Exclusive interview with Gift Sageme, CEO at Malawi’s Central Region Water Board and Advisory Board member of the upcoming African Utility Week in Cape Town.
“Africa is neck deep in the quagmire of the effects of climate change.”
Let’s start with some background on the Central Region Water Board and your role there?
Central Region Water Board (CRWB) is a statutory corporation with the Government of Malawi holding 100% shares. It was established in 1998, together with Northern and Southern Region Water Boards following the enactment of the Waterworks Act No. 17 of 1995. The act brought governance and management of the five water boards in Malawi under one legislative framework. The other water boards, which had already been established under individual legislation prior to the enactment of the act, are Blantyre and Lilongwe. I have been the CEO of CRWB since 2016.
For clearer detail about Malawi and the jurisdictions of the five water boards: Malawi is divided into three administrative regions – North, Central and South. The respective regions are served by the respective Regional Water Boards
Can you tell us more about your current projects in Malawi? Any particular success stories/case studies?
Apart from the normal rehabilitation and expansion of existing systems and installation of new water supply systems in growing towns/market centres, there is a project that would be first of its kind for Blantyre Water Board, which is bringing water from Likhubula River, which originates from Mulanje
Another innovative project that CRWB and Southern Region Water Board (SRWB) have been implementing is installation of solar electricity generating plants to energise water pumps in order to supplement intermittent energy supply from Electricity Supply Corporation of Malawi (ESCOM) Ltd.
What have been the biggest challenges?
Some of the major challenges the water supply sector in Malawi has been facing are:
- Non-payment of water bills by public institutions like Malawi Defence Force, Malawi Police Service, Malawi Prisons, State Houses and Ministries of Health and Education. This constrains the water boards’ cash flows to the point of not being able to operate let alone maintain the infrastructure adequately, invest in new systems, pay statutory taxes, etc.
- Social tariffs that are not able to generate adequate resources for big investments in the water supply systems. As a result, any meaningful investment means the Water Boards resorting to borrowing from co-operating partners like the World Bank, European investment Bank, African Development Bank, just to mention a few.
- Effects of climate change such as floods, which would sweep away infrastructure for water supply; droughts negatively affect both quality and quantity of the raw water; unpredictable rainfall patterns; etc. These are compounded by degrading watersheds which render the raw water sources vulnerable.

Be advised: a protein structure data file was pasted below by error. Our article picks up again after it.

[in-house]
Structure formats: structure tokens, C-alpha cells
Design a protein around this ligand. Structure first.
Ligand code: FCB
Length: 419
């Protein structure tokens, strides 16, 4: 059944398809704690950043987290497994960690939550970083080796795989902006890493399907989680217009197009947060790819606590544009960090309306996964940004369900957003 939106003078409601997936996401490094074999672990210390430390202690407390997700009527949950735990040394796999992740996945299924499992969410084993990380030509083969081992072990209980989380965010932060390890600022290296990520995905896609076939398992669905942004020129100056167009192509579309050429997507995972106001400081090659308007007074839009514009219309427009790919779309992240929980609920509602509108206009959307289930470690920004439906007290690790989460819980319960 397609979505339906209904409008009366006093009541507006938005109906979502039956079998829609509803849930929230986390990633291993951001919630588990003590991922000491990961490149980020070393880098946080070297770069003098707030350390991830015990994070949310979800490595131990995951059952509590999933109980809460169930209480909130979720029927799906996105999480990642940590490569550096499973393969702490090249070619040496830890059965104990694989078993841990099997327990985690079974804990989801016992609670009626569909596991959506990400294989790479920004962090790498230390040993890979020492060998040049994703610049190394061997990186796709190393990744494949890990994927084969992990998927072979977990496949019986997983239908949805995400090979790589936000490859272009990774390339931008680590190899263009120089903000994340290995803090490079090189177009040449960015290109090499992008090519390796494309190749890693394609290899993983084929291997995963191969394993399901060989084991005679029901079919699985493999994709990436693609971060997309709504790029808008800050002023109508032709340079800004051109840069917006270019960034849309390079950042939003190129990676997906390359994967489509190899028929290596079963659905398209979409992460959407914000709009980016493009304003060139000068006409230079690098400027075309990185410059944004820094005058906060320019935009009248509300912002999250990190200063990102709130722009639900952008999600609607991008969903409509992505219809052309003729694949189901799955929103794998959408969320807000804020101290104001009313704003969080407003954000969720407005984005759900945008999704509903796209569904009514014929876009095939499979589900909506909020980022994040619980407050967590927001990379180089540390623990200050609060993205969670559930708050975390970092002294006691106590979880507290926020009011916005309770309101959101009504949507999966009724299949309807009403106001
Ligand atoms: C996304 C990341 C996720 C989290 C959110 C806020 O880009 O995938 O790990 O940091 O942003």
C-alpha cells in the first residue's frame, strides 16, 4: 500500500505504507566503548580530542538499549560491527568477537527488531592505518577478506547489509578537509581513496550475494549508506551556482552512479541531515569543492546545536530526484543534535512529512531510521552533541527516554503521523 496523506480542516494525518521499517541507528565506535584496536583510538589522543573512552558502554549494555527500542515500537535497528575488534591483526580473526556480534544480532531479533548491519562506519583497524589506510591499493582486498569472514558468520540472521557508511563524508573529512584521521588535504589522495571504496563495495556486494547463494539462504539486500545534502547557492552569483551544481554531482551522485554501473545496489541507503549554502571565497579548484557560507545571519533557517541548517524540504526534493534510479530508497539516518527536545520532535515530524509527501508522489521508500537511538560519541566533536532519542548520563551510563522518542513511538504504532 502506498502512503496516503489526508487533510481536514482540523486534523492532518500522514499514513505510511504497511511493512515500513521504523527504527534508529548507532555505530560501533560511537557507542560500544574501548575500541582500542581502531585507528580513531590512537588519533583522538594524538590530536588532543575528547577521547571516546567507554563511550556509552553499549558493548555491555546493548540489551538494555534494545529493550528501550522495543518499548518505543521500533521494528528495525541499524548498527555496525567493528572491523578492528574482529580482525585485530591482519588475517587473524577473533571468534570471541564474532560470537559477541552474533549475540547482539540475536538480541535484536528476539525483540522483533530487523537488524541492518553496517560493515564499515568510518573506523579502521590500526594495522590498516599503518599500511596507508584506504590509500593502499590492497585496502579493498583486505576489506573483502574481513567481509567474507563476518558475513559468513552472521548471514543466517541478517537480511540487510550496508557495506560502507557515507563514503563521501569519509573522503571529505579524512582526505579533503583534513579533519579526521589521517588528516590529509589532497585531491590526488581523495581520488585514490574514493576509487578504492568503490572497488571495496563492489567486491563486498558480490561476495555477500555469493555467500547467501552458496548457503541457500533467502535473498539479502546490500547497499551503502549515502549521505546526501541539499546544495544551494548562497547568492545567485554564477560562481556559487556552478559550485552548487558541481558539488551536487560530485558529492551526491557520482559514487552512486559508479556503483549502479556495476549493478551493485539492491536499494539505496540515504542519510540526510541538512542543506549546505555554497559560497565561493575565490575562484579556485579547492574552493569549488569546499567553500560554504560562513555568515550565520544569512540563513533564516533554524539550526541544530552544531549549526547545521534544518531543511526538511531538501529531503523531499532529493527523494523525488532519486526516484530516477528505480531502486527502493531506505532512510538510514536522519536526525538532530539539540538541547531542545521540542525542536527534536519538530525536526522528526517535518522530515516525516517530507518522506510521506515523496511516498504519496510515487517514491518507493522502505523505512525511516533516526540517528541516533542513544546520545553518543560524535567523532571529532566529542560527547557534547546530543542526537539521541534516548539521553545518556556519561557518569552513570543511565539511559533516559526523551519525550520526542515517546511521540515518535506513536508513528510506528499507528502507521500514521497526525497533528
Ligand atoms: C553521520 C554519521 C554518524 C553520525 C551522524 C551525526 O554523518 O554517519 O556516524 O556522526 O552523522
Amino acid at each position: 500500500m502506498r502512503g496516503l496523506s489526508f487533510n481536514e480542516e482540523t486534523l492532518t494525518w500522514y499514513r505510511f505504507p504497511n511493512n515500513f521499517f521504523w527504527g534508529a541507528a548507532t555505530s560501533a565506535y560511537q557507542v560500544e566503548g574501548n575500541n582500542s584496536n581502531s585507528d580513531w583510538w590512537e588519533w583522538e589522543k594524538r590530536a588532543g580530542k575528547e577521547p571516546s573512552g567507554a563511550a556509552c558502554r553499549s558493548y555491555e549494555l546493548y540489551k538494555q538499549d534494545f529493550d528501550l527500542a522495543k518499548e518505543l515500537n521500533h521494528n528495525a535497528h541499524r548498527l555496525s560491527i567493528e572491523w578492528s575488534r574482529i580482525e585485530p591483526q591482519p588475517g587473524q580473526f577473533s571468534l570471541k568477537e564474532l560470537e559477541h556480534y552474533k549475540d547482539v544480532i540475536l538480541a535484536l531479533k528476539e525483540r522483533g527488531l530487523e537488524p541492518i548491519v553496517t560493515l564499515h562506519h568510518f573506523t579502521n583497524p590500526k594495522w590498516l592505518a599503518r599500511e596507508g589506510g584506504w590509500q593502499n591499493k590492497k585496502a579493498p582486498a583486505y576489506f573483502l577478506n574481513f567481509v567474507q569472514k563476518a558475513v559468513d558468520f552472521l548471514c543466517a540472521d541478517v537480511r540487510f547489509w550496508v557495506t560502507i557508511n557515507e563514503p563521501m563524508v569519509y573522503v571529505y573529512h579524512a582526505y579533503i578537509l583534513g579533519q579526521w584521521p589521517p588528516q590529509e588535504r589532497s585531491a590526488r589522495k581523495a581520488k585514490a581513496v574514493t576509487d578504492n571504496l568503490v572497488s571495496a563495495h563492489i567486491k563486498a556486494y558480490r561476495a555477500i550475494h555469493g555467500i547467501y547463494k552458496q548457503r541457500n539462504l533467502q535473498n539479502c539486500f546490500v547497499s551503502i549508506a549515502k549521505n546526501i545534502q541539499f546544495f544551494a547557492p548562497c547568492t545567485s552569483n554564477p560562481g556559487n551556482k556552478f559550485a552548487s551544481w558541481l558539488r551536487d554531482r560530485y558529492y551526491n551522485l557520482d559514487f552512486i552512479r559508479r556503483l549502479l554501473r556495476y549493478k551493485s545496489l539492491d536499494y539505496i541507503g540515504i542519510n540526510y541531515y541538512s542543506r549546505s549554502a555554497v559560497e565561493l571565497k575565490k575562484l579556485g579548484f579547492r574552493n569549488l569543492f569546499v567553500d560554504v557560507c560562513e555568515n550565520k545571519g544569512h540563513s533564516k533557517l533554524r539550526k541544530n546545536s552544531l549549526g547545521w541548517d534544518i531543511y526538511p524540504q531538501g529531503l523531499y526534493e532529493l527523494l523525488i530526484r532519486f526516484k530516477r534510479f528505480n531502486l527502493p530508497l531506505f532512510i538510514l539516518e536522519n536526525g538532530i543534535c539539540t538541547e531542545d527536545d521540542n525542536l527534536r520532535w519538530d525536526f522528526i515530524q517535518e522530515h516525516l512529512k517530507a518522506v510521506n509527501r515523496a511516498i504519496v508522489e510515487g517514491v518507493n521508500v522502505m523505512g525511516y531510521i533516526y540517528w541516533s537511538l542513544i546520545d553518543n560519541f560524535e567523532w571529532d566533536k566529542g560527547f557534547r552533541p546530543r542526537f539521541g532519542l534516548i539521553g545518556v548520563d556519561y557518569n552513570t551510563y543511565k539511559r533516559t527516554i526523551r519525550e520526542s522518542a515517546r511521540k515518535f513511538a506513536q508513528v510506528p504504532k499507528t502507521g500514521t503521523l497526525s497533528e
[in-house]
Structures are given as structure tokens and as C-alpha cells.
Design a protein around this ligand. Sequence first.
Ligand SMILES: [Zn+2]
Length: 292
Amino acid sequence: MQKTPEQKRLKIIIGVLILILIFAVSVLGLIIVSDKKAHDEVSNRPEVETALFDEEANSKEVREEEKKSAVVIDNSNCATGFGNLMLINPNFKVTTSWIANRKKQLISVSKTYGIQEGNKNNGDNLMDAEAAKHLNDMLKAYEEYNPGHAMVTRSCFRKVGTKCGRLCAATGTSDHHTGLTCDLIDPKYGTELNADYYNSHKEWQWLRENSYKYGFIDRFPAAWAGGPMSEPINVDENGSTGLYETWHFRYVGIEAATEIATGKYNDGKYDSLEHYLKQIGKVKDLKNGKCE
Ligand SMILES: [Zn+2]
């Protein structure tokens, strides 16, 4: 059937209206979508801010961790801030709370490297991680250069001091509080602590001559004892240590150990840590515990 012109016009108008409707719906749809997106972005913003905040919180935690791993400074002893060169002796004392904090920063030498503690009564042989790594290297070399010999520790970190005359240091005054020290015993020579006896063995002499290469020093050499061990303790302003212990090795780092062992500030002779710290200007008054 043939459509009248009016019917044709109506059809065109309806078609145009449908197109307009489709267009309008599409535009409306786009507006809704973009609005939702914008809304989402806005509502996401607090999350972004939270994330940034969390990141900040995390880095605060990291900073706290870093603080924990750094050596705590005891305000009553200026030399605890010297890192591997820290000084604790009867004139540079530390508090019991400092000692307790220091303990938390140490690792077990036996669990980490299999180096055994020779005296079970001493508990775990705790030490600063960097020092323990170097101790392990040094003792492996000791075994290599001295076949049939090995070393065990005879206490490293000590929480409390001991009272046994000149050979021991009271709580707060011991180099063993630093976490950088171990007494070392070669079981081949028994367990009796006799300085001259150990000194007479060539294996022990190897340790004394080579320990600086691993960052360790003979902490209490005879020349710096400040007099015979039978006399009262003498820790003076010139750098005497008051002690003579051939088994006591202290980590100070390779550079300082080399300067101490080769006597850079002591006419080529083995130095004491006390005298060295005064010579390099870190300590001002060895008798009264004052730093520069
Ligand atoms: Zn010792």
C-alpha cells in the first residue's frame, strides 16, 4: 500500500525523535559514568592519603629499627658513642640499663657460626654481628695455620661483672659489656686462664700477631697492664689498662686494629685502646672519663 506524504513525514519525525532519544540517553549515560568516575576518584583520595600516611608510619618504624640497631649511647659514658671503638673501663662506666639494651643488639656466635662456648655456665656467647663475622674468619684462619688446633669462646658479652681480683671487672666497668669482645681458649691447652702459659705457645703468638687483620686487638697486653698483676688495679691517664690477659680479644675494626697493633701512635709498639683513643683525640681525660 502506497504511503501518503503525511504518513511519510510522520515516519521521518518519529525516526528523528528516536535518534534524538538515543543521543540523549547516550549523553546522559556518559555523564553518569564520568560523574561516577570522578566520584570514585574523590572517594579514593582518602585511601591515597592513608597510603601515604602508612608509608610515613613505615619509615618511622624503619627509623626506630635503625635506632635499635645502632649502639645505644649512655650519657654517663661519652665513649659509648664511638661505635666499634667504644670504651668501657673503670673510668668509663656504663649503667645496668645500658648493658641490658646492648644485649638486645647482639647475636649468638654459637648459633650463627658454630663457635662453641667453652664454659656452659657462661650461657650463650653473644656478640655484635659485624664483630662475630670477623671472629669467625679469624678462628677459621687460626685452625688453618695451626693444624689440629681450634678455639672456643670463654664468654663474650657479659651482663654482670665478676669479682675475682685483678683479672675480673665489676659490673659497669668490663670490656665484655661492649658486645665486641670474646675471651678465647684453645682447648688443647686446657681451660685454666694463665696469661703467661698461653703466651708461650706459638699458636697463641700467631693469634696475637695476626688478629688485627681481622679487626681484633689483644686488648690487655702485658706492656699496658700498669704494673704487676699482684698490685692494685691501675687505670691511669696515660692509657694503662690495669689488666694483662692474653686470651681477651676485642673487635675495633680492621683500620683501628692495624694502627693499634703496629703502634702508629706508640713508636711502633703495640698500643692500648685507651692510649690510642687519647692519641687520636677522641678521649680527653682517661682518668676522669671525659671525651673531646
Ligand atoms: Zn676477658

In your opinion, has Africa started to face the effects of climate change?
Africa has not just started feeling it but is neck deep in the quagmire of the effects of climate change. Or how do you explain the drying of what were once perennial water bodies due to droughts? The more frequent and persistent floods?
As you know Cape Town and the region has been facing severe water shortage in the last few years, what, in your opinion, are the alternative solutions for South Africa’s shortage of water?
I may not have the level of knowledge about South Africa (SA)’s watersheds but what comes to my mind immediately to rescue SA from the water scarcity is the vast ocean(s) surrounding the country. The good thing is that desalination technology is available worldwide and I believe SA has the economic strength to acquire and manage such technology. And rainwater retaining infrastructure? Groundwater? My belief is that all SA requires is a thorough investigation of these areas and to come up with area-specific solutions.
Please share your thoughts on pricing a commodity such as water, that has always been in great supply (especially in South Africa) to a commodity that is suddenly in great demand?
What is required is massive information, education and communication on the economic goodness of water as a resource. In the case of South Africa, this is the time when people are experiencing the scenario in Cape Town. There and then it would be much easier to convince the citizenry on the need to pay economic price for the water supply services in order so that the function can self-sustain.
What surprises you about the water sector?
The way Governments throw it behind all other sectors like energy, roads, agriculture, health. What they don’t realise, however, is that without water no sector can survive. Give me one sector that can!
Why will be your message at African Utility Week?
Need for sectoral practitioners to join hands and force Governments to put the sector in the position where it rightly belongs and that is at the front of all sectors. This would allow the sector enjoy priority in terms of investments, which was required yesteryear in all the countries in Africa.
Anything you would like to add?
Why don’t we, the water sector practitioners, bunch up and talk to the Governments as a common front and educate them on the need for massive investment…